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SUNDAY, SEPTEMBER 17, 2006
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Wendy N. McDougal

Charter members of Scenic South Charter Chapter of American Business Women’s Association.
Courtesy Photo
Charter members of Scenic South Charter Chapter of American Business Women’s Association.

Scenic South ABWA celebrating 40th anniversary

Wendy's word

I found it — "14,000 Things to Be Happy About" by Barbara Ann Kipfer.

As I unpacked a few boxes that had been set aside, I ran across this old book. It was a gift from a friend years ago as a reminder of all the small treasures in life we tend to overlook.

Everything from grilled cheese, pizza, pink lemonade, Snickers candy bars, walks on the beach, the smell of the rain and fresh flowers is included.

The point is that you don't have to look far at all to see something worth smiling about, and you don't have to be rich to have all the wealth in the world. We are so blessed, and it's really in how you define richness. Stop for a moment today, look around and simply smile. There is a beautiful gold mine right before your eyes.

Now let's see what the "chatter" is for today . . .

ABWA

If you were around town during the 1960s and enjoyed keeping up with business news, you may remember this group. Scenic South Charter Chapter of the American Business Women's Association was chartered Feb. 20, 1966.

Of the original 85 members, Dot Biles, Margaret Ann Fieger, Hattielene Rost and Dean Wilson are still members today, working hard and ensuring the organization continues the strong heritage started so many years ago.

Celebrating its 40th anniversary, ABWA members realized it had become more of a social club than a professional organization, and many seemed to have lost interest.

"There was even talk of dissolving the chapter, but because my mother was one of the charter members, I could not let that happen. I took the office of president and promised I would do what I could to restore the chapter to its original professional structure," said Sandra Rost, president of ABWA.

With a new vision in mind and under the leadership of a new board, the first meeting of the year was recently conducted. Members present were Sandra Rost, president; Chris Dow, vice president; Dot Biles, treasurer; Katherine Owens, secretary; charter members Biles, Hattielene Rost and Wilson; and members Shirley Neill, Celia Febery, Mitzi Reed and Louise Key.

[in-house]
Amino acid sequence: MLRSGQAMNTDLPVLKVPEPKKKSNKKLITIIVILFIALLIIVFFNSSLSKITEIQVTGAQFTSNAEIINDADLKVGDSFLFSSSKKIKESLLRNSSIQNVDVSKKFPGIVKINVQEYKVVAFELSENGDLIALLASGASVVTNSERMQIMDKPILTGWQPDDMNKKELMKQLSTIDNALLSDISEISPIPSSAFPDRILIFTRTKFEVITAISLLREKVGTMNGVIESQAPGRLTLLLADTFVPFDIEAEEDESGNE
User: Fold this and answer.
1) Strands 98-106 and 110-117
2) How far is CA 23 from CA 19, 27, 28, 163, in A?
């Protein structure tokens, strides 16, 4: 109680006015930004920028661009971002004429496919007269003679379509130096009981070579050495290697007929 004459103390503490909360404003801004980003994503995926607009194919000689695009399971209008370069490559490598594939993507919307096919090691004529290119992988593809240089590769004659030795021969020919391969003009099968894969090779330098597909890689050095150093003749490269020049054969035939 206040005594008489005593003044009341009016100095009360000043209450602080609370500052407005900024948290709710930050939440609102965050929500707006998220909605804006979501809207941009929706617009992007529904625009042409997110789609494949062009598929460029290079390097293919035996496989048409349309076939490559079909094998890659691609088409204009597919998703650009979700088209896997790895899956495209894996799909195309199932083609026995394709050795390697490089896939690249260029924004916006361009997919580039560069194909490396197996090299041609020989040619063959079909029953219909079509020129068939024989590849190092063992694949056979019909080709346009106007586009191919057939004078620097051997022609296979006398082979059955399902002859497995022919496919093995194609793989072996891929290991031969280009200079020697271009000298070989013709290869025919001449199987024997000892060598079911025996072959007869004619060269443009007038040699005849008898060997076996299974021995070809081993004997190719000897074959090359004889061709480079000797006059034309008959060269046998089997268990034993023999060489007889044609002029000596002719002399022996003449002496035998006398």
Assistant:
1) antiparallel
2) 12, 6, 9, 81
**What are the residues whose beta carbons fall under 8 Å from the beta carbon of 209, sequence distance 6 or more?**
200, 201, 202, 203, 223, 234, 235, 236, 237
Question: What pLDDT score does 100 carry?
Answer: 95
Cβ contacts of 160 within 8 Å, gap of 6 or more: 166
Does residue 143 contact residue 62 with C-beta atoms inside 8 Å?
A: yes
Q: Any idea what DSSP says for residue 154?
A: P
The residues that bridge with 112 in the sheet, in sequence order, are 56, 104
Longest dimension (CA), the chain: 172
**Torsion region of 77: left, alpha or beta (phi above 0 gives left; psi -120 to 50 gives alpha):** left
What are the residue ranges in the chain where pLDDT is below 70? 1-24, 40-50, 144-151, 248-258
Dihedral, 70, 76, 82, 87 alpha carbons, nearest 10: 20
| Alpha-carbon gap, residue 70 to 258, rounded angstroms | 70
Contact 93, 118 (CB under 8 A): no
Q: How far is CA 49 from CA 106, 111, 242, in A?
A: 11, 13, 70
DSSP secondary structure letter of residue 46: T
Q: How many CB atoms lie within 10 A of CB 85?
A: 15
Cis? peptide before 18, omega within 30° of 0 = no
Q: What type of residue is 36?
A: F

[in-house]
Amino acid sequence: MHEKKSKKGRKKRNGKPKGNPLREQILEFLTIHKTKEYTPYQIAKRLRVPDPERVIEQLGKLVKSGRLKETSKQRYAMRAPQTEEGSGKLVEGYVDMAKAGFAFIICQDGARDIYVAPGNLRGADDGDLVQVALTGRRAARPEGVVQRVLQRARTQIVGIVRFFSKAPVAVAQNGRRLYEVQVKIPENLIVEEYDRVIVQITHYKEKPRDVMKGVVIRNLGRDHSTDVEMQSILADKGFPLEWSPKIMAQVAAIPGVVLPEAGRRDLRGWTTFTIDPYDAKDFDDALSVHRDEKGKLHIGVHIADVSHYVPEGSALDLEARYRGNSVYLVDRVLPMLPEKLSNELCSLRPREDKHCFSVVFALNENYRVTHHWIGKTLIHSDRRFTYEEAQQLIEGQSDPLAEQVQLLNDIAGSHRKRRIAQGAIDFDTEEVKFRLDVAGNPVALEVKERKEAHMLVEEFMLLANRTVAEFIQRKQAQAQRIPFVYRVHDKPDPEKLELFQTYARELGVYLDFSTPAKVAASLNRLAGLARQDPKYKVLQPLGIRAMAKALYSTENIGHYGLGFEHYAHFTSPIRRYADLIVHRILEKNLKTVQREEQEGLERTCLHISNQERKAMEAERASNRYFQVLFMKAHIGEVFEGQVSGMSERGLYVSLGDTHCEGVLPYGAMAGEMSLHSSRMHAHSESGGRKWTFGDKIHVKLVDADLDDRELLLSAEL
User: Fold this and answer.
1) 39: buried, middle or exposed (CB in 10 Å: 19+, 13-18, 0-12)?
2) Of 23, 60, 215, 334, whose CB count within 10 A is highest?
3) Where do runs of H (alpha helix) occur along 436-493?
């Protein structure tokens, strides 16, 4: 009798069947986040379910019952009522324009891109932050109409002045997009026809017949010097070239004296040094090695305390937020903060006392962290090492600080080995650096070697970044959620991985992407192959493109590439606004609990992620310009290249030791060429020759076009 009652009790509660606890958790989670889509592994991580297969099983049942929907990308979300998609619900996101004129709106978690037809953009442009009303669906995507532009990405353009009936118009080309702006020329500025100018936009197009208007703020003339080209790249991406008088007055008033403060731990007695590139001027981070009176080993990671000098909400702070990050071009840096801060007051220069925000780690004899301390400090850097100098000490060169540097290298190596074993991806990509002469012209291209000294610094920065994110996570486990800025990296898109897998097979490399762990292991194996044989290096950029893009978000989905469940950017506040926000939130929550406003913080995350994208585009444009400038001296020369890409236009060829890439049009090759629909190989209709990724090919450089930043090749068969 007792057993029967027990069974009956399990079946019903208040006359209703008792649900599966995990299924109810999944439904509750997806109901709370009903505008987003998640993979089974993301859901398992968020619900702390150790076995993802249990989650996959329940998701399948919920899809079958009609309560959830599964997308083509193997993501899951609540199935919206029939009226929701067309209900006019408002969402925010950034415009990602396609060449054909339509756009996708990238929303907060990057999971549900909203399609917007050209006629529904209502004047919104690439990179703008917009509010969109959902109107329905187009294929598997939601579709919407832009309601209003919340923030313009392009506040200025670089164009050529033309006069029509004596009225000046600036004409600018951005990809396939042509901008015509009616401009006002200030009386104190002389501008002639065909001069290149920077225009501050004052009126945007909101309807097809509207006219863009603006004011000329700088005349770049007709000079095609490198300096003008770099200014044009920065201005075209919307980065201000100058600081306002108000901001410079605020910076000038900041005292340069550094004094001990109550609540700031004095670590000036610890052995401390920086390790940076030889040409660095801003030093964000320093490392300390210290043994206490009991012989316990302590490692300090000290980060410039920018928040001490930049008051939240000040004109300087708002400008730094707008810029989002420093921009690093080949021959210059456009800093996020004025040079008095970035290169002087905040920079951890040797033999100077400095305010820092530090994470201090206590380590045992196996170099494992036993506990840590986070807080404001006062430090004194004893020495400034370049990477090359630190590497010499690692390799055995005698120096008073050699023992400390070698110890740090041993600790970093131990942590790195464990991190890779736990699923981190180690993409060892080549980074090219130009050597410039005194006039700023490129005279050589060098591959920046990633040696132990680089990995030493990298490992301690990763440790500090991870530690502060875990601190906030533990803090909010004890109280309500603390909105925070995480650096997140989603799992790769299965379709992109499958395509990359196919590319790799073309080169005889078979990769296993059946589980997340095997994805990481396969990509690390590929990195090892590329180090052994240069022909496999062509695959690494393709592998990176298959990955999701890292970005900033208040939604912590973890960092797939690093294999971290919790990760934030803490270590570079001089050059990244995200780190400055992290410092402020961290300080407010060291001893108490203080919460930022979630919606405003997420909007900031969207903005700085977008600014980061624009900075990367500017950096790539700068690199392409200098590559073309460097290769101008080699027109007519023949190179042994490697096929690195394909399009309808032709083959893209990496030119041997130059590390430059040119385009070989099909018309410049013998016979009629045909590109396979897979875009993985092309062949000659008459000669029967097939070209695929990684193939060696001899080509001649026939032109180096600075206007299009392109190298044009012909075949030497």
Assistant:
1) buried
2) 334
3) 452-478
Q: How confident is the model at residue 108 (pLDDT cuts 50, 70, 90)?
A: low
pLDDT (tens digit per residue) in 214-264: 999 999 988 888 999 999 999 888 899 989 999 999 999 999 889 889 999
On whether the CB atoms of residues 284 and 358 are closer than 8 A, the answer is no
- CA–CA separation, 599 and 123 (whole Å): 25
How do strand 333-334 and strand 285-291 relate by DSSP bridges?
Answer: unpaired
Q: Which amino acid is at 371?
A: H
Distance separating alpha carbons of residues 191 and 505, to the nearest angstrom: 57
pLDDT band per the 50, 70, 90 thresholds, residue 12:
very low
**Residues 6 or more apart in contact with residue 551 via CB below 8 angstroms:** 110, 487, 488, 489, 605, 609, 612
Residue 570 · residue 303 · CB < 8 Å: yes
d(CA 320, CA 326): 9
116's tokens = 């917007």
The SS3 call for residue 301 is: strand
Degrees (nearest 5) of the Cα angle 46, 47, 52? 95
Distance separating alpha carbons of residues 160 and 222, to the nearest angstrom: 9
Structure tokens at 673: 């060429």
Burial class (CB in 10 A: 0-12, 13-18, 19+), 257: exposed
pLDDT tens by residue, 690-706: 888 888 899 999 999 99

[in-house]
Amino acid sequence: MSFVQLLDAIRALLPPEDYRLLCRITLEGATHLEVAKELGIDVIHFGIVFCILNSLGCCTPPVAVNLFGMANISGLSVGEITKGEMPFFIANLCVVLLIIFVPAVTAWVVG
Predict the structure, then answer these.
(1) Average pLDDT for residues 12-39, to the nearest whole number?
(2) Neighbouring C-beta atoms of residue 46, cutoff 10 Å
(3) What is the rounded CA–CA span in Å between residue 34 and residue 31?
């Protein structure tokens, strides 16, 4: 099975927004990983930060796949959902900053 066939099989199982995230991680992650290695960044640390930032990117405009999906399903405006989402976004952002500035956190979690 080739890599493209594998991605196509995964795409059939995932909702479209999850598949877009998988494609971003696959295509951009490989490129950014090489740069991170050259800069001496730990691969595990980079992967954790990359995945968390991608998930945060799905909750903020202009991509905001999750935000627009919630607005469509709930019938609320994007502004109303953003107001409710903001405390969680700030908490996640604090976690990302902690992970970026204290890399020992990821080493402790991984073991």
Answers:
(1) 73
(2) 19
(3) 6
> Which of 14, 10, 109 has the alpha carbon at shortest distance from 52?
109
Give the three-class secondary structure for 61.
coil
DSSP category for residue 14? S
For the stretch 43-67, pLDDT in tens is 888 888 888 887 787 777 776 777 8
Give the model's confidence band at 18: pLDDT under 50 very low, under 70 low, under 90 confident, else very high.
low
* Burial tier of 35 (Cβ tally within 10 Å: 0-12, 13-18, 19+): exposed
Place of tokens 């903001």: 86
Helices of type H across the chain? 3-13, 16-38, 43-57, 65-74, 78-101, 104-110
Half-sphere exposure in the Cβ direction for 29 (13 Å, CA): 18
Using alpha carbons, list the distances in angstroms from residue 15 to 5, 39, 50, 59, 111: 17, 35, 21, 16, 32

Guests included Ann LaChance, Linda Legg, Rose Miller, Jean Case, Beverly Bennett, Angie Gilbert, Diane Scanland and former members Sandra Baker and Mickey Swanner.

"I have worked very hard to plan a year of very positive, uplifting and fun meetings," said Rost, so she was encouraged with 10 prospective members in attendance. With an annual fundraiser to offer scholarships to local students, Rost shares, "I am hoping to raise our membership, raise enough money to give some pretty good scholarships and have a good time doing it." Last year the club awarded $3,000 to two young ladies from our community.

Guest speaker was Circuit Court Judge Sherrie Paler, who spoke on the Morgan County judicial system, jury selection and duty. She was followed by vocational speaker Celia Fabery with Morgan County Extension office in Hartselle.

Something else Rost has worked to bring back is the chapter's bulletin, "The Charmer."

"There will always be pretty decorations because I think that sets the mood when you walk in the door, and we always have door prizes," said Rost. "After our meeting, I received notes and calls saying it was the best meeting we had in a very long time. I hope everyone felt that way," she added.

Founded in 1949 after World War II, the national organization realized that women wanted to continue to work after men returned home from the war, and a professional organization was needed to help them take their place in the competitive work force. For more on the history of the organization you can go to www.abwa.org.

Meetings will be on the second Thursday of each month. Dinner is $11. For reservations or additional information, call Sandra Rost at 353-9546.

Apple Festival

Fall is in the air, and one of my favorite signs comes with the cooler weather and turning of the leaves but also with the many fun-filled festivals around the area. One such celebration is the annual Antique and Apple Festival in Moulton, sponsored by Lawrence County Chamber of Commerce.